THE ZONE have my review of Jorge Michel Grau’s recent art house cannibal film We Are What We Are (a.k.a. Somos Lo Que Hay).
Though undeniably atmospheric and full of potential, the film never quite manages to get its ducks in a row. Instead of developing a coherent line of thought, the film flirts with various ideas. Cannibalism as a relationship with one’s family. Cannibalism as living a GLBT lifestyle. Cannibalism as living in a state with a corrupt police force. All of these ideas drift through the script and the film’s imagery but none of them are ever fleshed out or pursued.
Watching the film I was reminded of the post-’68 vendetta waged by the Cahiers du Cinema against Costa-Gavras’ film Z (1969). In her flawed but punchy history of the Cahiers, A Short History of Cahiers du Cinema(2010), Emilie Bickerton characterises the Cahiers reaction to the Serie-Z as :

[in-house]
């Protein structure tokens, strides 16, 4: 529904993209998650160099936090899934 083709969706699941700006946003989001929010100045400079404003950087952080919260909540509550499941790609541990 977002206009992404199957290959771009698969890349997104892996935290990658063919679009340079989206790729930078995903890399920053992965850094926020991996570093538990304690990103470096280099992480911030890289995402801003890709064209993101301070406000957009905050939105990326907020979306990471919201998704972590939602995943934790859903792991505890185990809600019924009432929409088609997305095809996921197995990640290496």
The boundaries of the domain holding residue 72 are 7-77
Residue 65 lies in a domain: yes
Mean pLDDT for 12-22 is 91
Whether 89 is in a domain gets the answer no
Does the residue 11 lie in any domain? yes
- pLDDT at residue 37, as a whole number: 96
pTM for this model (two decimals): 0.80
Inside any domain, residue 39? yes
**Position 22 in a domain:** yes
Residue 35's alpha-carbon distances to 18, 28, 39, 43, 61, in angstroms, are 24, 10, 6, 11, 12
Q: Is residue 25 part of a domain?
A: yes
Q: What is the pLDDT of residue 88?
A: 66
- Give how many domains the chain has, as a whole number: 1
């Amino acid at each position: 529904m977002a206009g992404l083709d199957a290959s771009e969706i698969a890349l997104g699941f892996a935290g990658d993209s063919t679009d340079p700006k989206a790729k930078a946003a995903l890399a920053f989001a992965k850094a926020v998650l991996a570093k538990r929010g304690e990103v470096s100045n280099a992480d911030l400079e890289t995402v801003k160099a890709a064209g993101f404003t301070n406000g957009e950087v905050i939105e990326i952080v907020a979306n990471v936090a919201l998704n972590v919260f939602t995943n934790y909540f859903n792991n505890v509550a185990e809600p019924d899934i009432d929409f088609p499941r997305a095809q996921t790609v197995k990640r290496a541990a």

With Z you had a film-maker who was addressing politics on the surface, but simultaneously banalizing it. Costa-Gavras was thus perfectly attuned to the changes in public demand: he offered a film that was shot with panache, a lively score, a hint of experimentation (…) it was intelligent and committed but never revolutionary, in either narrative content or aesthetic form. — pp. 65
I think a similar failing can be identified in We Are What We Are. It is a film that relies quite heavily upon an audience’s familiarity with genre tropes. To make sense of the film, you have to be aware of serial killer narratives, zombie narratives and crime narratives. It presents itself as a film that has taken on the ideas and imagery of genre only to project them forward into a more ‘grown up’ cinematic milieu and so it appeals to people who, though familiar with genre tropes, are wanting more from their cinematic experiences than explosions and special effects. However, despite promising a deeper level of intellectual engagement than your average genre piece, We Are What We Are is empty and insubstantial.
This is a growing problem.